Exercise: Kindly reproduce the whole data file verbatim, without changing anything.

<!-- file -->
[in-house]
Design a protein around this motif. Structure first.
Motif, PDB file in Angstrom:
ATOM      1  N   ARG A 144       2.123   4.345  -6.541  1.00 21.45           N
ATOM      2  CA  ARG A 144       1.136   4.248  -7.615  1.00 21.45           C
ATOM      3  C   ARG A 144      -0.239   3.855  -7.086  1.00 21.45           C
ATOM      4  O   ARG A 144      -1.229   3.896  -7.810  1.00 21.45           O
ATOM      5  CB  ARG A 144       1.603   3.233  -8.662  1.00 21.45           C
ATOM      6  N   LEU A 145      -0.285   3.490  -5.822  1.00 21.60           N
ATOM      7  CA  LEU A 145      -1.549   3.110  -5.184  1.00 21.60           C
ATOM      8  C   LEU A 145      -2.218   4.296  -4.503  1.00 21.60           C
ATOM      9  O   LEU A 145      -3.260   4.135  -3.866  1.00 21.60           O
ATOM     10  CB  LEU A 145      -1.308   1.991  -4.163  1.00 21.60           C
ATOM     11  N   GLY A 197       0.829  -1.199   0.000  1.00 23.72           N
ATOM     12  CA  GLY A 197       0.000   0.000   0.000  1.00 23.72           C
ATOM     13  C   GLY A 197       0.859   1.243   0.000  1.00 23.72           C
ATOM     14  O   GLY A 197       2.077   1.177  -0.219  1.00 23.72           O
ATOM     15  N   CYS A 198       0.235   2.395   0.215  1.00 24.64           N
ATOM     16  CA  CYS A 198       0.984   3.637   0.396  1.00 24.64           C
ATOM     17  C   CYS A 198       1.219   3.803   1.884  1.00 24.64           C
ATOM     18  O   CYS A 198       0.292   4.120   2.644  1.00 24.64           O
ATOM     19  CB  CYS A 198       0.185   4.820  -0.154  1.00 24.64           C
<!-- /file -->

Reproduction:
[in-house]
Design a protein around this motif. Structure first.
Motif, PDB file in Angstrom:
ATOM      1  N   ARG A 144       2.123   4.345  -6.541  1.00 21.45           N
ATOM      2  CA  ARG A 144       1.136   4.248  -7.615  1.00 21.45           C
ATOM      3  C   ARG A 144      -0.239   3.855  -7.086  1.00 21.45           C
ATOM      4  O   ARG A 144      -1.229   3.896  -7.810  1.00 21.45           O
ATOM      5  CB  ARG A 144       1.603   3.233  -8.662  1.00 21.45           C
ATOM      6  N   LEU A 145      -0.285   3.490  -5.822  1.00 21.60           N
ATOM      7  CA  LEU A 145      -1.549   3.110  -5.184  1.00 21.60           C
ATOM      8  C   LEU A 145      -2.218   4.296  -4.503  1.00 21.60           C
ATOM      9  O   LEU A 145      -3.260   4.135  -3.866  1.00 21.60           O
ATOM     10  CB  LEU A 145      -1.308   1.991  -4.163  1.00 21.60           C
ATOM     11  N   GLY A 197       0.829  -1.199   0.000  1.00 23.72           N
ATOM     12  CA  GLY A 197       0.000   0.000   0.000  1.00 23.72           C
ATOM     13  C   GLY A 197       0.859   1.243   0.000  1.00 23.72           C
ATOM     14  O   GLY A 197       2.077   1.177  -0.219  1.00 23.72           O
ATOM     15  N   CYS A 198       0.235   2.395   0.215  1.00 24.64           N
ATOM     16  CA  CYS A 198       0.984   3.637   0.396  1.00 24.64           C
ATOM     17  C   CYS A 198       1.219   3.803   1.884  1.00 24.64           C
ATOM     18  O   CYS A 198       0.292   4.120   2.644  1.00 24.64           O
ATOM     19  CB  CYS A 198       0.185   4.820  -0.154  1.00 24.64           C